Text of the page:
Posted in Operations & IT Articles, Total Reads: 1192
, Published on 21 May 2013
Big Data is here. The analysts and research personnel have made it clear that mining machine generated data is essential to future success. Embracing new technologies and techniques along with providing a fast and reliable path to business adoption holds the key to an organisation’s attainment of goals. Adopting appropriate tools to capture and organize a wide variety of data types from different sources is the way to derive the real business value from Big data. This would enable an ease in analysis within the context of all the enterprise data.
Integration of Big Data capabilities with existing infrastructure and BI investments is the need of the hour. Aligning new operational and management capabilities with standard IT, building for enterprise scale and resilience, unifying the database and developing paradigms as we embrace Open Source are some short term and long term measures. Lastly, expanding the IT governance to include a Big Data centre of excellence to ensure business alignment, growing the skilled workforce, managing Open Source tools and technologies, sharing knowledge, establishing standards, and managing best practices need to be taken care of as well.
The term BIG DATA has created a buzz among the enterprises in recent years, but behind the hype there's a simple story. For years, companies have been making business decisions based on transactional data stored in databases. Beyond that critical data, however, is a potential huge chunk of non-traditional and weakly structured data: social media, email etc. that can be extracted for useful information. Reductions in the cost of storage and power have made it possible to collect this data -which would have been thrown away only a few years ago. As a result, the firms are looking to include non-traditional yet potentially very valuable data with their traditional enterprise data in their business intelligence analysis.
The potential of data-driven decision-making is now being acknowledged broadly, and there is growing interest for the notion of Big Data. Factors like Heterogeneity, timeliness, scale and privacy problems with Big Data obstruct progress at all phases of the pipeline that can create value from data. Much data today is not in structured format; for example, tweets and blogs are unstructured pieces of text, while images and video are designed for storage and display, but not for functions like search: transforming such content into a structured format for later analysis is a major task. Big Data is changing the world, and it is opening up a world of possibilities for operational executives. New technologies and evolving analytics-based solutions are changing the nature of workforce management. With quantifiable metrics and an emphasis on the strategic impact of more productive employees, results can be drastically optimized. Suitable investment in Big Data will lead to a new surge of fundamental technological advances that will be embodied in the next generations of Big Data management and analysis systems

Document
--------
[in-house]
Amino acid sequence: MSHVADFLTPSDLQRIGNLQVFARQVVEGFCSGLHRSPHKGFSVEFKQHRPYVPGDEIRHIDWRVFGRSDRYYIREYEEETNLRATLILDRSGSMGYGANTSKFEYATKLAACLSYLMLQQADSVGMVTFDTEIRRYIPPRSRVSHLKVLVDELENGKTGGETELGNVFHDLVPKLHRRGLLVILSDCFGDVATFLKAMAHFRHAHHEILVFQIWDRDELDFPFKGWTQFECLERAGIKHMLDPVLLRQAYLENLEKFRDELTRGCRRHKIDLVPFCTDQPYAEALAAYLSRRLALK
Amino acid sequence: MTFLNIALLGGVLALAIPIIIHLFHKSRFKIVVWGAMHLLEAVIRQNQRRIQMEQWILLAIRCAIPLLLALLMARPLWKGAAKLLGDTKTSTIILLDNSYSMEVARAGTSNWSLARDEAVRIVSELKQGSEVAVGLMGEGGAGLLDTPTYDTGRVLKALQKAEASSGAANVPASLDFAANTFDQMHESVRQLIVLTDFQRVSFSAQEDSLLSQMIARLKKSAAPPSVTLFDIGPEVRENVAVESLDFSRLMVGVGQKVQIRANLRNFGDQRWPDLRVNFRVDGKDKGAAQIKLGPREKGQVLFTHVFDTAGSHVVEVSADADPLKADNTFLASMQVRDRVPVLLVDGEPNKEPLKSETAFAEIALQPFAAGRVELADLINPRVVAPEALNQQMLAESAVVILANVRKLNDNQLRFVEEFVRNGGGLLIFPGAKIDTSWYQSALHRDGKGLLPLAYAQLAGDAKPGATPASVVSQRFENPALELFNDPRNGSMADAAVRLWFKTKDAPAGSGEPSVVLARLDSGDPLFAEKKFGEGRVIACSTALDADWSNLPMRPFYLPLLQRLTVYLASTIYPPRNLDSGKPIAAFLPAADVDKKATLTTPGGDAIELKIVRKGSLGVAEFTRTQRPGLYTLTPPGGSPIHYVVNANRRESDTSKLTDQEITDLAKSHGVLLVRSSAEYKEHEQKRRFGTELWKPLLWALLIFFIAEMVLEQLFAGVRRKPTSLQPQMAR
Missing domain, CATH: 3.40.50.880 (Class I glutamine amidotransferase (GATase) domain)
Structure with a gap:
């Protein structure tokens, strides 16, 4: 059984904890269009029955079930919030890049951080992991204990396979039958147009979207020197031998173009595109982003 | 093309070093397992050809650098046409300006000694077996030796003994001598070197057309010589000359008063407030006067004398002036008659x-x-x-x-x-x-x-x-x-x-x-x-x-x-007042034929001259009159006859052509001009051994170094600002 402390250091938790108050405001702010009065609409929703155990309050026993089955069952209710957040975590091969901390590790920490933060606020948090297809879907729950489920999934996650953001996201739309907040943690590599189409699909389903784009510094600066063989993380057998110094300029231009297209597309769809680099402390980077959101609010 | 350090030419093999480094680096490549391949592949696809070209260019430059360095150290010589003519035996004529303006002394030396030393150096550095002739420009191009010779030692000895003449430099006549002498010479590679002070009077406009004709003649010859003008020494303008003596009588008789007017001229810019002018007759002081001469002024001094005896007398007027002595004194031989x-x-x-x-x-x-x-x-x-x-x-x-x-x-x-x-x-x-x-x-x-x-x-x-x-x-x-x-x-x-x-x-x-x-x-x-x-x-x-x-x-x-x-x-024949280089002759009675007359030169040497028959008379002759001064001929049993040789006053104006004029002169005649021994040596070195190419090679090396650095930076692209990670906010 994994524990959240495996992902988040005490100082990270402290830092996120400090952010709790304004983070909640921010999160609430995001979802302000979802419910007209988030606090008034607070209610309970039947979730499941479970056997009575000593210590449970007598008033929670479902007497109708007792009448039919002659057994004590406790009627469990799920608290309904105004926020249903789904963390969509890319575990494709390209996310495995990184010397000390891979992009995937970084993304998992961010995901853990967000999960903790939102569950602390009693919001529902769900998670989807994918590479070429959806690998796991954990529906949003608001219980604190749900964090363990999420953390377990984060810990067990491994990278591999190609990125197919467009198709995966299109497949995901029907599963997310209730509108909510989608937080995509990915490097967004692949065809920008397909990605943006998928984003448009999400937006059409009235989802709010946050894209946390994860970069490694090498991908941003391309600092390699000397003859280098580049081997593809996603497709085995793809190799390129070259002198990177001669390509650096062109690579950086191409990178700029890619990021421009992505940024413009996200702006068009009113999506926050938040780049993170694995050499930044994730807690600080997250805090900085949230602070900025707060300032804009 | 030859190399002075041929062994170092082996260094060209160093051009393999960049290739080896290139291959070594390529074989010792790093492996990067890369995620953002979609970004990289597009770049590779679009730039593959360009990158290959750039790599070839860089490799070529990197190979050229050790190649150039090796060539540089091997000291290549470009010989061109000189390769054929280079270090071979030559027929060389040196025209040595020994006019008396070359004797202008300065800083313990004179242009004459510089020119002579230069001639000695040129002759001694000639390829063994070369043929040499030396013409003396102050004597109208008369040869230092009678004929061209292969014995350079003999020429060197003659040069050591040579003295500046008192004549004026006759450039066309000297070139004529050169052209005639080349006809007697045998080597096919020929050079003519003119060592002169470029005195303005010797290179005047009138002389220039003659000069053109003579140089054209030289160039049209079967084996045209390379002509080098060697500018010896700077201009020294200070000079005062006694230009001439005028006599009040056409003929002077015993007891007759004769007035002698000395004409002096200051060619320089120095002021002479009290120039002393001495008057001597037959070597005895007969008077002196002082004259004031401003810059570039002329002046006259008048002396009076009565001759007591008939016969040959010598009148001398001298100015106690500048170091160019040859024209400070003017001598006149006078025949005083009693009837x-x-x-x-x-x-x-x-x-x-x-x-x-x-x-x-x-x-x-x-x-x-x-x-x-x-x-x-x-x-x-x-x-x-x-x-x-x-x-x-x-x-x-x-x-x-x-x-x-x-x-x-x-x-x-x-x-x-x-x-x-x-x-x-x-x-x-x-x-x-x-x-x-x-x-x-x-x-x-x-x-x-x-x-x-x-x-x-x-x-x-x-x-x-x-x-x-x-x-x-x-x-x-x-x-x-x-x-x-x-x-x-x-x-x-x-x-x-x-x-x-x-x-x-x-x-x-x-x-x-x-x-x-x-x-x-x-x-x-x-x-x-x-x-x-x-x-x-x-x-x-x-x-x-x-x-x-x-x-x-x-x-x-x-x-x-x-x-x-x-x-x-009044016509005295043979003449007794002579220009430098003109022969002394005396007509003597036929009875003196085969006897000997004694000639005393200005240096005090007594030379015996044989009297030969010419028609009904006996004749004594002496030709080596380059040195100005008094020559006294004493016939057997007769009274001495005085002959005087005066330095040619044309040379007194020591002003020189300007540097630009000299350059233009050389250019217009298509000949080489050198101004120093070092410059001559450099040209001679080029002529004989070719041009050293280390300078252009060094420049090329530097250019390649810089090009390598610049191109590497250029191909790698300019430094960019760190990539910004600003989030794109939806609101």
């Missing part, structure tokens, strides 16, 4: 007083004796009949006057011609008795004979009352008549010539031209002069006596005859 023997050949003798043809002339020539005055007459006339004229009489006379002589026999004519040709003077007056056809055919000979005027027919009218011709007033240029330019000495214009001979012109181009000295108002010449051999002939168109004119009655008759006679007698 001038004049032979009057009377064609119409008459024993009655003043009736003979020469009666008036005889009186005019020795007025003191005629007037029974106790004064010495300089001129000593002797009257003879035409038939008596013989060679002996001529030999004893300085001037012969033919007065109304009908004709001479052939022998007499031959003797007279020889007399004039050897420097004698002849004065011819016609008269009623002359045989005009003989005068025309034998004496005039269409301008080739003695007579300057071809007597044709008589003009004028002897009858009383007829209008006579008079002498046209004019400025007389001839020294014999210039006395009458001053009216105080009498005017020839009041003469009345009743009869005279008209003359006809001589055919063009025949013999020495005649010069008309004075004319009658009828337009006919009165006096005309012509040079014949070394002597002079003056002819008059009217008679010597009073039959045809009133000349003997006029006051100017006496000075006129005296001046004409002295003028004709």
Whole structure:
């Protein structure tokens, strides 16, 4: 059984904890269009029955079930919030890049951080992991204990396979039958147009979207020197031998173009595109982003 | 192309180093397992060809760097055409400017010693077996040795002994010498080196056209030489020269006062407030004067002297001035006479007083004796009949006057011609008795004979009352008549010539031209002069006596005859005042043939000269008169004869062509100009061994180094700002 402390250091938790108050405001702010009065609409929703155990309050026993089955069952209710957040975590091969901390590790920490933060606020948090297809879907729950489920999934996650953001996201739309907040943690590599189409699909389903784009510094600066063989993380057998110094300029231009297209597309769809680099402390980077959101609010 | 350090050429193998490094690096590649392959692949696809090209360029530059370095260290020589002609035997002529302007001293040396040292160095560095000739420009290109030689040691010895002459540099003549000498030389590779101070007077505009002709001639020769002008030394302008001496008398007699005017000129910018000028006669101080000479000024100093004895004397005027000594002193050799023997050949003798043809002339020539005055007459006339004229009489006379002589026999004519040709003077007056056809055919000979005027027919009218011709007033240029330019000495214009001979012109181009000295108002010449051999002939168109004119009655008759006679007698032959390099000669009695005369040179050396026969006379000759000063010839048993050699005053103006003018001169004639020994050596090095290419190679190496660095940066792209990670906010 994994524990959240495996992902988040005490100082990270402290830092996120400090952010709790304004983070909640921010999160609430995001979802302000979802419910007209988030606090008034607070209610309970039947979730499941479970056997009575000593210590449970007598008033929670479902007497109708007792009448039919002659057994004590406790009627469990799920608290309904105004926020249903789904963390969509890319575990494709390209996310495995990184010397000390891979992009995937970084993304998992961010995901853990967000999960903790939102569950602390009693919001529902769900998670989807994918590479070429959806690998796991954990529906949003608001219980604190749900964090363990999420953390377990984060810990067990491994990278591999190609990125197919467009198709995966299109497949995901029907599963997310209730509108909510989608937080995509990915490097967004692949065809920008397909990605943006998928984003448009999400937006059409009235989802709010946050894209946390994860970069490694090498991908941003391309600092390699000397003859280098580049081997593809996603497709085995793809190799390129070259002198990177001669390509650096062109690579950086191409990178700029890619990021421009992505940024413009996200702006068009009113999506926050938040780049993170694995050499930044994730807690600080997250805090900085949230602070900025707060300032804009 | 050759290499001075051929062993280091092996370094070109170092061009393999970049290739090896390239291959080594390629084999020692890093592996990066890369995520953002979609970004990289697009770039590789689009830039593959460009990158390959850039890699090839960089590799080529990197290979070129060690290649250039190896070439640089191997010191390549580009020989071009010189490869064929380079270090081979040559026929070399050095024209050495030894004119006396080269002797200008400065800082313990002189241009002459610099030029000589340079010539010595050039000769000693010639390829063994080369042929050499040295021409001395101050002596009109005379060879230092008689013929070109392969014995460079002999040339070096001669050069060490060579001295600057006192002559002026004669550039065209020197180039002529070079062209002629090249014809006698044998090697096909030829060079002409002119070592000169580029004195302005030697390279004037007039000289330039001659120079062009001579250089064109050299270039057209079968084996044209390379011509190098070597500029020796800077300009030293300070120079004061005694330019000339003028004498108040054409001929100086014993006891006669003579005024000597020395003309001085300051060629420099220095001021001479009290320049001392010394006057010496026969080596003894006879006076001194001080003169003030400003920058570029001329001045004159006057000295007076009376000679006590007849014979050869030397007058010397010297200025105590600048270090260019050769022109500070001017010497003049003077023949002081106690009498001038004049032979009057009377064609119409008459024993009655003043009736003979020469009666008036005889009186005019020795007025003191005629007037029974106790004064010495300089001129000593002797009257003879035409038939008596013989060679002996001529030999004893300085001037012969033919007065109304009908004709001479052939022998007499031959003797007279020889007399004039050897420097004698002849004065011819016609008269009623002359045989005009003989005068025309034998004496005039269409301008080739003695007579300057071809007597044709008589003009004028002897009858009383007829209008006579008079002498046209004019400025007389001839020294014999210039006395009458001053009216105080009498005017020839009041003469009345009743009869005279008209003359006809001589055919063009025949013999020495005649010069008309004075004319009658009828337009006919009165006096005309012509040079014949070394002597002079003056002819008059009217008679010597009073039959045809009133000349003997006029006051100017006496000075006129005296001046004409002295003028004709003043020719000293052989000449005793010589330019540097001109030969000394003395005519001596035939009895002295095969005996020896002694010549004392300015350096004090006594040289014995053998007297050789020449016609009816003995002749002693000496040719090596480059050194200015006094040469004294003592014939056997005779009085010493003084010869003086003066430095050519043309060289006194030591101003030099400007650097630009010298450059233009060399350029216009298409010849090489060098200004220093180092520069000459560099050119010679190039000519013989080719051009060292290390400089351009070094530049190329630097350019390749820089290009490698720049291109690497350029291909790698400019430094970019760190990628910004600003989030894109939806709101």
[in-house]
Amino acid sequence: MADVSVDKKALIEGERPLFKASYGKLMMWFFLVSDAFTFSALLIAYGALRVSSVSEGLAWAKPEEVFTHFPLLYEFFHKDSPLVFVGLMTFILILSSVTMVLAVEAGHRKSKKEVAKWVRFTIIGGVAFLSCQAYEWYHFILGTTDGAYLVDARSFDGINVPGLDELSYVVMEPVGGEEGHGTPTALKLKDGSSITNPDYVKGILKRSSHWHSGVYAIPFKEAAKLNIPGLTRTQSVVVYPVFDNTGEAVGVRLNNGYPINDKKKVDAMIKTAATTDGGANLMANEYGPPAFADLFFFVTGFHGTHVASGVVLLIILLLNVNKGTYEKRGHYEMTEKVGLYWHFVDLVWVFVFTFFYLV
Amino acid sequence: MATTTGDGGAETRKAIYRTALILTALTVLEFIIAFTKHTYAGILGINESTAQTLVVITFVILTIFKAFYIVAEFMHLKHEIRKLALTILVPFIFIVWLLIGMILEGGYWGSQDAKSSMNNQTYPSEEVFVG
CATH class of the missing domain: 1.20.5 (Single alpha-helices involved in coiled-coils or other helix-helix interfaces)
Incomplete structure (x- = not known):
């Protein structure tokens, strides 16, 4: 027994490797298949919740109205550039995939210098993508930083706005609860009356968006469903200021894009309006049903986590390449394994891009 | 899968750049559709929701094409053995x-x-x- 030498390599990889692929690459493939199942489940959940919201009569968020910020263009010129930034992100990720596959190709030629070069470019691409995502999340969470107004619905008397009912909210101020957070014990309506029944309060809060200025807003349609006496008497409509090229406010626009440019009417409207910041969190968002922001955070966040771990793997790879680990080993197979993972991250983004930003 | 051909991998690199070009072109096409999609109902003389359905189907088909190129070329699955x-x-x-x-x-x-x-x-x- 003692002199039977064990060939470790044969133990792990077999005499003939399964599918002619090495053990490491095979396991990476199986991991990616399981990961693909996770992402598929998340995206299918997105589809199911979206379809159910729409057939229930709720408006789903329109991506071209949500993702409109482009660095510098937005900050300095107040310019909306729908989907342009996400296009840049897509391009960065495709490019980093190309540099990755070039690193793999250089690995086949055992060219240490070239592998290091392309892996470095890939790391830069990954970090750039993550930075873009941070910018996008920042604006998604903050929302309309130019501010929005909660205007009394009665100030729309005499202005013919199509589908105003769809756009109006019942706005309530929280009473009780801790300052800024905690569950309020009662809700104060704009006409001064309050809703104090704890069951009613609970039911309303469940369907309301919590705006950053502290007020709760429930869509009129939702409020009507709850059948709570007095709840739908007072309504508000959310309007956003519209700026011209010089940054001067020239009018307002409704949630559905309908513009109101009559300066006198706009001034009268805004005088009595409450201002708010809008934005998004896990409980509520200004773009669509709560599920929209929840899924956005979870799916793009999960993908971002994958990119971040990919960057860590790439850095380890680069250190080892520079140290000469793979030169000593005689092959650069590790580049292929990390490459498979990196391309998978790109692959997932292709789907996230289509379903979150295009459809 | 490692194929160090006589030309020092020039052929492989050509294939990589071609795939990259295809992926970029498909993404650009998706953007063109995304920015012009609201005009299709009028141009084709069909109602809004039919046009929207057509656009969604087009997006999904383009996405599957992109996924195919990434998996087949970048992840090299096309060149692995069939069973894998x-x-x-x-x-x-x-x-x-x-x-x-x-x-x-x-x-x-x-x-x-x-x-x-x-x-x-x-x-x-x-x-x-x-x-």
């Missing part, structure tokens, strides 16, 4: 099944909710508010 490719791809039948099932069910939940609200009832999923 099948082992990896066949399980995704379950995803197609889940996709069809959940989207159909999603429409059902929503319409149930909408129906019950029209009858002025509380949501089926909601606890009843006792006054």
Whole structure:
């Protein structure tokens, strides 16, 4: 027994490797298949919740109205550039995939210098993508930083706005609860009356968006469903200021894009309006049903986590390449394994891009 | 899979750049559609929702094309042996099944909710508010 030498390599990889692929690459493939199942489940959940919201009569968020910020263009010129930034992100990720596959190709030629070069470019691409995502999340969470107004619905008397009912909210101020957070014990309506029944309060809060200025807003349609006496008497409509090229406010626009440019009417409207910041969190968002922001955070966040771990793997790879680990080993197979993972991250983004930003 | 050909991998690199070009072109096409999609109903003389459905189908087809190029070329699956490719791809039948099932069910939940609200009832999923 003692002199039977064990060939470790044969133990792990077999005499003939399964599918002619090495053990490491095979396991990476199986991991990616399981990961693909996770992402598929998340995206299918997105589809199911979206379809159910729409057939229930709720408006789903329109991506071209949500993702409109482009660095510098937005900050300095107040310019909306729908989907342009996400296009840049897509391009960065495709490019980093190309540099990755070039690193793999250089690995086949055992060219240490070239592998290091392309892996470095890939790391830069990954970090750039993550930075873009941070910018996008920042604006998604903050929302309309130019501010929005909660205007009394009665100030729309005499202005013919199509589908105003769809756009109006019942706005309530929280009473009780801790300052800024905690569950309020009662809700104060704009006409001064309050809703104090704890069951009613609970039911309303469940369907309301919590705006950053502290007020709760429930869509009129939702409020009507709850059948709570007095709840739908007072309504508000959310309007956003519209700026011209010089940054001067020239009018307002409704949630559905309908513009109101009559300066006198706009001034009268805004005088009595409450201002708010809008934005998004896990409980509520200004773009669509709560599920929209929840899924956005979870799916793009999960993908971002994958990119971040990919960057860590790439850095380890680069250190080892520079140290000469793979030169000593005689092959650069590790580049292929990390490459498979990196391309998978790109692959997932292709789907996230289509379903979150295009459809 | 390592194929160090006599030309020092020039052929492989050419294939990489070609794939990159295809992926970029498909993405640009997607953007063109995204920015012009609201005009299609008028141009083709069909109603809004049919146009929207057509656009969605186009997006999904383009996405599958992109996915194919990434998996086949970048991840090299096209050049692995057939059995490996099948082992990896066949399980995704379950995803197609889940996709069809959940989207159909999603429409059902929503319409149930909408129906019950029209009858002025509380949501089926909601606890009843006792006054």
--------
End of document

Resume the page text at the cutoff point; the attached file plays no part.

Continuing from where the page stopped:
MEASURING BIG DATA:
THE BIG DATA ANALYSIS
Source: Big Data For the Future: Unlocking the Predictive Power of the Web, Staffan Truvé, PhD
BIG DATA AND THE FUTURE:
With terabytes of data per company and limited number of employees, data has now been one of the crucial factors of production alongside labour and capital. Thus, there occurs a need to tap the opportunity. Using big data would lead to value creation in several ways. First, big data can create significant value by making information transparent and functional at much higher frequency. Second, as firms store more transactional digital data, they can collect more reliable and accurate performance monitoring details on everything like product inventories to sick days, and therefore boost performance. Leading organisations analysing and collecting data to conduct controlled experiments to improve decision-making; while other firms are using data for basic low-frequency forecasting to high-frequency nowcasting to fine-tune their business knobs just in time. Third, big data would segment the customer base so narrowly which would help them serve better for their tailor made requirements. Fourth, detailed analytics can significantly improve decision-making. Finally, big data would be used for evolution and development of the next generation of products and services. Using big data would be one of the key bases for growth and competition among the firms, wherein the organisations would strive hard to capture the potential value. Growth in productivity and Consumer surplus are also anticipated to be the key consequences of using big data. Issues like privacy, security and intellectual property would have to be addressed while capturing the full potential of big data. Firms would not only have to adopt the appropriate technology and skilled workforce to use big data, but would also have to streamline their processes and structure their workflows to make the most of big data.